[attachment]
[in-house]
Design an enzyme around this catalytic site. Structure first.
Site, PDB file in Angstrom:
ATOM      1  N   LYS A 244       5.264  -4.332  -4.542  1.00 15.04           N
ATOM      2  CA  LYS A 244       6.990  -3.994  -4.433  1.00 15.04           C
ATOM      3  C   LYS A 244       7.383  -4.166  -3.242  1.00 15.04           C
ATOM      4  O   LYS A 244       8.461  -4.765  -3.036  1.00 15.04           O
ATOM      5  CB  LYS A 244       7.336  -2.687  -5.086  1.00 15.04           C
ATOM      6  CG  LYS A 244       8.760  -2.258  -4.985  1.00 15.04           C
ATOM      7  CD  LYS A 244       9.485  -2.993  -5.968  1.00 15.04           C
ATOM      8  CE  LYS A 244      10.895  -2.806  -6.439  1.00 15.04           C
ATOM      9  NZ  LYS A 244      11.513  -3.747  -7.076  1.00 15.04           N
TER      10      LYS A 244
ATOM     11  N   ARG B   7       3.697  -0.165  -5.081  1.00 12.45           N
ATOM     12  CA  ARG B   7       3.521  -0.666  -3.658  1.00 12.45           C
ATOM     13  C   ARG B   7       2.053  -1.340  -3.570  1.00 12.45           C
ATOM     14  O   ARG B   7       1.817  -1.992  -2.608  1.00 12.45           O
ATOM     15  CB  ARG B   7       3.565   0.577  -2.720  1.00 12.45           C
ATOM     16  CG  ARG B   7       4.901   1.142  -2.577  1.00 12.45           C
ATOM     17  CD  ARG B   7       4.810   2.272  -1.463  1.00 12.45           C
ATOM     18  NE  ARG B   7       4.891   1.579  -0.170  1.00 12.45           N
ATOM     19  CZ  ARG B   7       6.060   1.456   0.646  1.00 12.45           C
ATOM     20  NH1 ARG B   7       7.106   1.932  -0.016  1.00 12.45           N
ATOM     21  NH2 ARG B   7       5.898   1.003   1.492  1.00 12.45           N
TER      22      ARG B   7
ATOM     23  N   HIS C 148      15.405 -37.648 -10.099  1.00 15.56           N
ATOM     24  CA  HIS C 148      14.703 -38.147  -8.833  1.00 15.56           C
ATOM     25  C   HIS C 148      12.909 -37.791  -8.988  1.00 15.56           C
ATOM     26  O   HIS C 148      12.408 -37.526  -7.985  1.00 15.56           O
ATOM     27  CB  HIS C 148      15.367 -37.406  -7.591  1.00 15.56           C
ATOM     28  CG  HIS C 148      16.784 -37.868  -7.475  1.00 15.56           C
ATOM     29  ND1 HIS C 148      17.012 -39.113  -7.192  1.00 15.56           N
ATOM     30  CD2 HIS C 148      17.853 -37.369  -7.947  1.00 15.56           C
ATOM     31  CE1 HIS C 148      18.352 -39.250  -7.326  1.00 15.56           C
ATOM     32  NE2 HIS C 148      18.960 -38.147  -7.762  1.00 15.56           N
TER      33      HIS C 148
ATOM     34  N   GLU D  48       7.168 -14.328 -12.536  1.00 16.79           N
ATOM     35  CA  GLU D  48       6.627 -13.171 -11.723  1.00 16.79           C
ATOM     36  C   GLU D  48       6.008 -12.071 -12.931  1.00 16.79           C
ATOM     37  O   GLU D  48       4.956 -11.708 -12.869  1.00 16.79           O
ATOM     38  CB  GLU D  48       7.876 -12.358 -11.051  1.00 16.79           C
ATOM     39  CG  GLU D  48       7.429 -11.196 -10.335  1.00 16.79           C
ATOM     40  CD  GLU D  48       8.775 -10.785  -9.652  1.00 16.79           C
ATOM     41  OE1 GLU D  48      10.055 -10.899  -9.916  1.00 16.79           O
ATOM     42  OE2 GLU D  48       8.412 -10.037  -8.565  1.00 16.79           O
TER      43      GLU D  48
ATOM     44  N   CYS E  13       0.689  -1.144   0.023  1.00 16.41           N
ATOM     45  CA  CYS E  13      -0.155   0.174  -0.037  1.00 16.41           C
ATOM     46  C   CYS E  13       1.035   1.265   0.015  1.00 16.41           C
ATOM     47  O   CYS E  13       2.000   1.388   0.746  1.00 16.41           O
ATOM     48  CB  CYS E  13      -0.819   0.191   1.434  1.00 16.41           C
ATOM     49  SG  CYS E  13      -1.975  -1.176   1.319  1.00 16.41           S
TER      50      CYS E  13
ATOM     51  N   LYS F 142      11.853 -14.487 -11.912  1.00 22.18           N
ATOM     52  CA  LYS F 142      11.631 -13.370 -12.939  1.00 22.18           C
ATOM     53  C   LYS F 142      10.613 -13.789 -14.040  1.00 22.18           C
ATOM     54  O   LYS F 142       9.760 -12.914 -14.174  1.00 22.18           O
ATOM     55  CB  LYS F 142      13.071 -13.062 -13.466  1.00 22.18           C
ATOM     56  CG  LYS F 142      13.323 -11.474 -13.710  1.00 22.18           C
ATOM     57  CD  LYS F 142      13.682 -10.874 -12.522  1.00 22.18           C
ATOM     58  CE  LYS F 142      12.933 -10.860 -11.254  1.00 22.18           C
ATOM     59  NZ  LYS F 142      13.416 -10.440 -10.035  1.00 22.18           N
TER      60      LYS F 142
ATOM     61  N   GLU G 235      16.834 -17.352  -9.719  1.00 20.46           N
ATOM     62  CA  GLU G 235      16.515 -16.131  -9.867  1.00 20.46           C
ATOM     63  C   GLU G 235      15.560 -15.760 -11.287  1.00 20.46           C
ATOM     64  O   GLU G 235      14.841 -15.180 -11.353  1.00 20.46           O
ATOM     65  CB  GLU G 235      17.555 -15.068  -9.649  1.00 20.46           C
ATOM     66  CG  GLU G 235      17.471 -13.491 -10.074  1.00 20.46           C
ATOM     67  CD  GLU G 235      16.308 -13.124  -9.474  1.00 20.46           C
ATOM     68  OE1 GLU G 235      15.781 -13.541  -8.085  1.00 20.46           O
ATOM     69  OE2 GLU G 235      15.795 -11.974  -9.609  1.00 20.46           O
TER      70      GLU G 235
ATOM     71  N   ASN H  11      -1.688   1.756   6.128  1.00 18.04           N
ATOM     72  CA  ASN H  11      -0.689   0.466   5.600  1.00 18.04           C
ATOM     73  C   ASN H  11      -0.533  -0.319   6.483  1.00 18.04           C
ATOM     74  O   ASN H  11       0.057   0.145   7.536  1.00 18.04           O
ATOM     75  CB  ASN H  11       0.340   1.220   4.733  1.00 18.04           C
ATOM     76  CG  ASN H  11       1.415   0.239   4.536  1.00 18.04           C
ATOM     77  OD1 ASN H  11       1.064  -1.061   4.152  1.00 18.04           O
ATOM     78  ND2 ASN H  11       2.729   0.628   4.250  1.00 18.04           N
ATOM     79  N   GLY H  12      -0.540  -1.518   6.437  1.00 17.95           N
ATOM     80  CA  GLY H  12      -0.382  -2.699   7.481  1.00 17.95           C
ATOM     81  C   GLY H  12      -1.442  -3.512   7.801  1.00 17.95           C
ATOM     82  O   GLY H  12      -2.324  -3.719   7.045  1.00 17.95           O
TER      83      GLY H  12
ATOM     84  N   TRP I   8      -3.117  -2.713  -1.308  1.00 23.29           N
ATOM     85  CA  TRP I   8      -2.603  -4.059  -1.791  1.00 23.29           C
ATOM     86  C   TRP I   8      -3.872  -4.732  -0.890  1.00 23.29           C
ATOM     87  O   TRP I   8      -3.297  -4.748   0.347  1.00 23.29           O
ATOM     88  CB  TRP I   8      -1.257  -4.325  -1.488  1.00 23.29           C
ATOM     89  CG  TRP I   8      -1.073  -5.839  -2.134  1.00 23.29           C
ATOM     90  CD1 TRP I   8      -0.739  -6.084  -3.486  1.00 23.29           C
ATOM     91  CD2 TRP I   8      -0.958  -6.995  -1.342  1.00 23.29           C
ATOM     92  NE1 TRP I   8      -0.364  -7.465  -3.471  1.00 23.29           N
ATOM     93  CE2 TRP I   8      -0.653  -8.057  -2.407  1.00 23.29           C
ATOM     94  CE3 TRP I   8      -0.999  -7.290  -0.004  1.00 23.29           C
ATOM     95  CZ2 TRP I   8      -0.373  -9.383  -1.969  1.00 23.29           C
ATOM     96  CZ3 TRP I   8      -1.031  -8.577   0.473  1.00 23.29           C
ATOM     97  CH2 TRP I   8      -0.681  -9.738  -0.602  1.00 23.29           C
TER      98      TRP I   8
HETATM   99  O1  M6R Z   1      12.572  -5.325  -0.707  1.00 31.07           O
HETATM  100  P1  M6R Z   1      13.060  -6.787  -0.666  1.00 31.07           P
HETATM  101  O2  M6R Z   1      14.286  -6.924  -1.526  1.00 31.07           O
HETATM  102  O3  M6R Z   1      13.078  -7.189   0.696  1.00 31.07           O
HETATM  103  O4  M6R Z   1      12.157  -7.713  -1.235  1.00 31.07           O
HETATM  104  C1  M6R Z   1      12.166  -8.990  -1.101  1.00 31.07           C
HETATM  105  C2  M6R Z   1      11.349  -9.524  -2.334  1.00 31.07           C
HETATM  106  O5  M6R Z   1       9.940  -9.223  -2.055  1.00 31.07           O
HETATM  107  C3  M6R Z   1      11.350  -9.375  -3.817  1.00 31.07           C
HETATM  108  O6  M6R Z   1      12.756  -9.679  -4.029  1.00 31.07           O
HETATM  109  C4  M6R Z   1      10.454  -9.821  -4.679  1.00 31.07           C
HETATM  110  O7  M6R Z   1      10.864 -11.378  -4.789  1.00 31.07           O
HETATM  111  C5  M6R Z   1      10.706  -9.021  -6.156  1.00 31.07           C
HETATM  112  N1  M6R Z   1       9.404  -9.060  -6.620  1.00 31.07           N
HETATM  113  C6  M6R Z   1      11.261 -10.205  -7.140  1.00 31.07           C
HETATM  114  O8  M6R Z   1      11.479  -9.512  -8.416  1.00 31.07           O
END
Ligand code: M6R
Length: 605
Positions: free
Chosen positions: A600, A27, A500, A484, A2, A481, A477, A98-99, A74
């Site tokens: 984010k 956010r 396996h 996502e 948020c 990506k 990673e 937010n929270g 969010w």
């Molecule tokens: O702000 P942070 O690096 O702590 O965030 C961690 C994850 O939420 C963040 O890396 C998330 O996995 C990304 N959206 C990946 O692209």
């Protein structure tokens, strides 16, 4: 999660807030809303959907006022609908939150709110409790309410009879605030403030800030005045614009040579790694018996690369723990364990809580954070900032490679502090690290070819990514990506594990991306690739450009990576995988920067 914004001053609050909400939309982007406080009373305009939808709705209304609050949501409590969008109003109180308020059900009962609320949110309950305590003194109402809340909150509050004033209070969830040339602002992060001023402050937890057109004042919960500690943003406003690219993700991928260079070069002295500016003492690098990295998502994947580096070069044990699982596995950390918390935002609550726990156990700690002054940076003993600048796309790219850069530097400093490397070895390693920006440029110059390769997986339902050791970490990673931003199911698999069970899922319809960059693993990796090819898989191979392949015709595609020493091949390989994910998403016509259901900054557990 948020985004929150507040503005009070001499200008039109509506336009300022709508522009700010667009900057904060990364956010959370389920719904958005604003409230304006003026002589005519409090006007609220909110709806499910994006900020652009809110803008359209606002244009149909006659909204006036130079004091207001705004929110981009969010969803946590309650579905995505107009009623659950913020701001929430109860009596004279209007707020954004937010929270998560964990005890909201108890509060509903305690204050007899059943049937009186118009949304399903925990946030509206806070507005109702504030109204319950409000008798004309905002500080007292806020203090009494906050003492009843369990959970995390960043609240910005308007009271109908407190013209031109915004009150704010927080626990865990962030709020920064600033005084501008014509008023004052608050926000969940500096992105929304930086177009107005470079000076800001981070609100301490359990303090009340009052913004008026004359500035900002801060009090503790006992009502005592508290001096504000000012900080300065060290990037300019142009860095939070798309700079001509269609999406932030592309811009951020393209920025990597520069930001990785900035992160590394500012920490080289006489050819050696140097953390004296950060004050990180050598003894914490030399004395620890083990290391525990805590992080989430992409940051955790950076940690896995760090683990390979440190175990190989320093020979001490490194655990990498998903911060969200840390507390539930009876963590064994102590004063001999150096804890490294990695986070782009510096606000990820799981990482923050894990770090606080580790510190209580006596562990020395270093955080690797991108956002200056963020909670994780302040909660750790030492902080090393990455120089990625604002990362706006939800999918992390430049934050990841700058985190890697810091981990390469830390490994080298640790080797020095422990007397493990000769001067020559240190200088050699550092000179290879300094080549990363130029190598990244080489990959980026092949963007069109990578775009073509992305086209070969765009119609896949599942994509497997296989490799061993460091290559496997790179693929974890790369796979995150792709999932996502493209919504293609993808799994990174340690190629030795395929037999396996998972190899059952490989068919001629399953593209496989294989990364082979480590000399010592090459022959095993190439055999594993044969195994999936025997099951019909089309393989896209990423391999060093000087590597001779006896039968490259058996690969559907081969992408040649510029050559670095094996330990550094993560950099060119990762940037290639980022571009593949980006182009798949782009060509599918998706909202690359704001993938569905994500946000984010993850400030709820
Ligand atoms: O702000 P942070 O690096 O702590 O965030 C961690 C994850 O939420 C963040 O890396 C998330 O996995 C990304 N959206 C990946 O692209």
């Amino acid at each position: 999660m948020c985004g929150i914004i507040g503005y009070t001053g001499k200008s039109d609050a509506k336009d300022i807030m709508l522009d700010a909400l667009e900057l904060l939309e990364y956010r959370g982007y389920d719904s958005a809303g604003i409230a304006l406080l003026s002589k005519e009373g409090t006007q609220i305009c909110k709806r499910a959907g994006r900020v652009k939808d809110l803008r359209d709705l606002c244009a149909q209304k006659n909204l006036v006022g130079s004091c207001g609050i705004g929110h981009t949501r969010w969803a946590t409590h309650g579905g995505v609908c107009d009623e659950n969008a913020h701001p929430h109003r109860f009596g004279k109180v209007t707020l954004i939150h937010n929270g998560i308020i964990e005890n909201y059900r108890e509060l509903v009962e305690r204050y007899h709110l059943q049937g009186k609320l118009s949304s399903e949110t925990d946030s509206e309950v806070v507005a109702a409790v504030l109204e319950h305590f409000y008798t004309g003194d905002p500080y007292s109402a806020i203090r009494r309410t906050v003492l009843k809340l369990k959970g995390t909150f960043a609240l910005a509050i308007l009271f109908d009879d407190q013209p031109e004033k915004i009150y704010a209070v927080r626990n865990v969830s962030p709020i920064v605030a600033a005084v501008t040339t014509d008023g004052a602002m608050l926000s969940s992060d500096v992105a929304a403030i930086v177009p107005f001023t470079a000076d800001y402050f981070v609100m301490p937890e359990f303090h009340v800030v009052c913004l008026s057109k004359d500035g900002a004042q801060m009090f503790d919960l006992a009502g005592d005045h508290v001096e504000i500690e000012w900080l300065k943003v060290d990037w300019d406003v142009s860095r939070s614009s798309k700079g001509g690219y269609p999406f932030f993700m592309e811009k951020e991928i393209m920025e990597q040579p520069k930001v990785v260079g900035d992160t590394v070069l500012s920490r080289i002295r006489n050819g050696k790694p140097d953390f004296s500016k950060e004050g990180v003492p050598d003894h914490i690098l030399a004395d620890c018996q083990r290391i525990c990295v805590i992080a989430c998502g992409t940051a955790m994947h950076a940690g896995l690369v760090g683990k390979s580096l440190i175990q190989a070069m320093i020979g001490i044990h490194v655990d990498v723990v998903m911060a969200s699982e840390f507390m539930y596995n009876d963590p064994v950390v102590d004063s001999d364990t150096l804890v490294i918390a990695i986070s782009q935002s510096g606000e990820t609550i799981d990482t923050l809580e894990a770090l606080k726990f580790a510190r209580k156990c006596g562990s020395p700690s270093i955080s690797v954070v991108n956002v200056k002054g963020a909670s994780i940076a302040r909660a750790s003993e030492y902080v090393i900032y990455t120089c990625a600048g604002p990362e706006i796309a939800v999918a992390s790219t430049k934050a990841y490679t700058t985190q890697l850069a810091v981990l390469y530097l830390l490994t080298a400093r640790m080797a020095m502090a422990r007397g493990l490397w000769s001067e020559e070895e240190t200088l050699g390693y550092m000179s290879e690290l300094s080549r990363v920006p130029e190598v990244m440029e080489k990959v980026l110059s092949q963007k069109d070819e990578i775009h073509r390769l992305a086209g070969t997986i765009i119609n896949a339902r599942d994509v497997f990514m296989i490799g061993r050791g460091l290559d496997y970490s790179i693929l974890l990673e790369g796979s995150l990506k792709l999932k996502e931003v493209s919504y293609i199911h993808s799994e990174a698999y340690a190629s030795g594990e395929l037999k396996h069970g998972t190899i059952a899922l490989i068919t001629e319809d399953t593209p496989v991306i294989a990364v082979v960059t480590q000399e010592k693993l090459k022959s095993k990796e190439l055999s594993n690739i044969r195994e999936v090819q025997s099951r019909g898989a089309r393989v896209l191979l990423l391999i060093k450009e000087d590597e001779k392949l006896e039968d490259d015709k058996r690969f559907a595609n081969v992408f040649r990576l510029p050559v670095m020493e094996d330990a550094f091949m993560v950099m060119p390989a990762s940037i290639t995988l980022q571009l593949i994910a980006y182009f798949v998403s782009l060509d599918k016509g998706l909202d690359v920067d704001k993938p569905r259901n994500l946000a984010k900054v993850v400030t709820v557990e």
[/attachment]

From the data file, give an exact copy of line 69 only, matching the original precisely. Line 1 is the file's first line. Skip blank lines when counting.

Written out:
ATOM     66  CG  GLU G 235      17.471 -13.491 -10.074  1.00 20.46           C